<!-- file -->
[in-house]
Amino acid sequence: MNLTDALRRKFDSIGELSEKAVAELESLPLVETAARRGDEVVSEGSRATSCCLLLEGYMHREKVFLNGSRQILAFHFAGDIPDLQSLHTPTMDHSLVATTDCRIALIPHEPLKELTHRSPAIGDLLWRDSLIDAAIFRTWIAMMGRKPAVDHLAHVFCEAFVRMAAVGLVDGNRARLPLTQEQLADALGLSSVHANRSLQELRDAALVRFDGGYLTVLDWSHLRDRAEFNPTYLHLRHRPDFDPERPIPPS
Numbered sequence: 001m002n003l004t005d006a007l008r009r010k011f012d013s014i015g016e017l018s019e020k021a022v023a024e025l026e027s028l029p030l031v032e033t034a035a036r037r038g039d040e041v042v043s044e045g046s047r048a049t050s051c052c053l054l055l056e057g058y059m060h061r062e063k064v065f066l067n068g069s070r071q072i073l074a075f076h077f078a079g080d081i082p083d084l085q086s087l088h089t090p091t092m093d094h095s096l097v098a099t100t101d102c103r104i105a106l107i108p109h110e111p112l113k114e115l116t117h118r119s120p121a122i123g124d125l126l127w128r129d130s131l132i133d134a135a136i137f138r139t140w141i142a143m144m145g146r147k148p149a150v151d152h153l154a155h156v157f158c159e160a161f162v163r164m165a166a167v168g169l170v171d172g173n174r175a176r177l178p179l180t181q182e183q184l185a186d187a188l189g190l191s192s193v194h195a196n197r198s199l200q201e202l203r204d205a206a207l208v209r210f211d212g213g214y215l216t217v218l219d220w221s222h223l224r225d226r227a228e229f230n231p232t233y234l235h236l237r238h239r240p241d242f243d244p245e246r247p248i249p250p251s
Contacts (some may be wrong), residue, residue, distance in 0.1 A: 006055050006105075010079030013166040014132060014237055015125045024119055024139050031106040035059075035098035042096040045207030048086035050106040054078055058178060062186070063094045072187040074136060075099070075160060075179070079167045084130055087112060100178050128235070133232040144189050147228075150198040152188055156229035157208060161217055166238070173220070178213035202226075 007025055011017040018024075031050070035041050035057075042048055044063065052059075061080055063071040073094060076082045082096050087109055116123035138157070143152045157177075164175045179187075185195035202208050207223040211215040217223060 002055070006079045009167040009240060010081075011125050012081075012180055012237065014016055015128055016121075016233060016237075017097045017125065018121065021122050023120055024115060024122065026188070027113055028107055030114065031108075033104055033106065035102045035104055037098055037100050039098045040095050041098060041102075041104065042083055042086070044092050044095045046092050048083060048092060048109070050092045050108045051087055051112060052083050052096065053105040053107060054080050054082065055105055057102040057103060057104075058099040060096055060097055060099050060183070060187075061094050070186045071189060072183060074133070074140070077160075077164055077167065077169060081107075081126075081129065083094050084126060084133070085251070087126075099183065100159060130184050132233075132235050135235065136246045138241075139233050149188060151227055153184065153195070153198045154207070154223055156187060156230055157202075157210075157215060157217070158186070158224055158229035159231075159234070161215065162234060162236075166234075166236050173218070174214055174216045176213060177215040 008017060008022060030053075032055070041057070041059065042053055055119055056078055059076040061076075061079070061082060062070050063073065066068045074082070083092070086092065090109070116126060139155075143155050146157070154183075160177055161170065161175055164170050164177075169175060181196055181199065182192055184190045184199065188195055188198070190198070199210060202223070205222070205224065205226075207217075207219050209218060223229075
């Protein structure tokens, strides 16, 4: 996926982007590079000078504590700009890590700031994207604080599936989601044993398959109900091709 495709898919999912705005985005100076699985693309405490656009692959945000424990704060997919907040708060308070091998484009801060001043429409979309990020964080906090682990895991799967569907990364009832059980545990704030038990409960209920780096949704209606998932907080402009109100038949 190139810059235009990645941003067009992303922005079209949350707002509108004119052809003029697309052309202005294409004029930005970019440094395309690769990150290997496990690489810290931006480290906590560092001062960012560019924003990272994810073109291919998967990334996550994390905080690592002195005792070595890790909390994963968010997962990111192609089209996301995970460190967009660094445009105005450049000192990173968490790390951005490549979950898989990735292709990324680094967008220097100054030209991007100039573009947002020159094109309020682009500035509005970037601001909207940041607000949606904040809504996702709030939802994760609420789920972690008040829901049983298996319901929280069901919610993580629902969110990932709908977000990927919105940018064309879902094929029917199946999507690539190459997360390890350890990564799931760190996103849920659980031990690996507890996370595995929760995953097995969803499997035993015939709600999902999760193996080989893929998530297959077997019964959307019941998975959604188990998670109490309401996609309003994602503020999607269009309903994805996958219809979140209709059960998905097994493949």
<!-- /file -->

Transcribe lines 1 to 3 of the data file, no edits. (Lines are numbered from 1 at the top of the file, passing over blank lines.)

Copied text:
[in-house]
Amino acid sequence: MNLTDALRRKFDSIGELSEKAVAELESLPLVETAARRGDEVVSEGSRATSCCLLLEGYMHREKVFLNGSRQILAFHFAGDIPDLQSLHTPTMDHSLVATTDCRIALIPHEPLKELTHRSPAIGDLLWRDSLIDAAIFRTWIAMMGRKPAVDHLAHVFCEAFVRMAAVGLVDGNRARLPLTQEQLADALGLSSVHANRSLQELRDAALVRFDGGYLTVLDWSHLRDRAEFNPTYLHLRHRPDFDPERPIPPS
Numbered sequence: 001m002n003l004t005d006a007l008r009r010k011f012d013s014i015g016e017l018s019e020k021a022v023a024e025l026e027s028l029p030l031v032e033t034a035a036r037r038g039d040e041v042v043s044e045g046s047r048a049t050s051c052c053l054l055l056e057g058y059m060h061r062e063k064v065f066l067n068g069s070r071q072i073l074a075f076h077f078a079g080d081i082p083d084l085q086s087l088h089t090p091t092m093d094h095s096l097v098a099t100t101d102c103r104i105a106l107i108p109h110e111p112l113k114e115l116t117h118r119s120p121a122i123g124d125l126l127w128r129d130s131l132i133d134a135a136i137f138r139t140w141i142a143m144m145g146r147k148p149a150v151d152h153l154a155h156v157f158c159e160a161f162v163r164m165a166a167v168g169l170v171d172g173n174r175a176r177l178p179l180t181q182e183q184l185a186d187a188l189g190l191s192s193v194h195a196n197r198s199l200q201e202l203r204d205a206a207l208v209r210f211d212g213g214y215l216t217v218l219d220w221s222h223l224r225d226r227a228e229f230n231p232t233y234l235h236l237r238h239r240p241d242f243d244p245e246r247p248i249p250p251s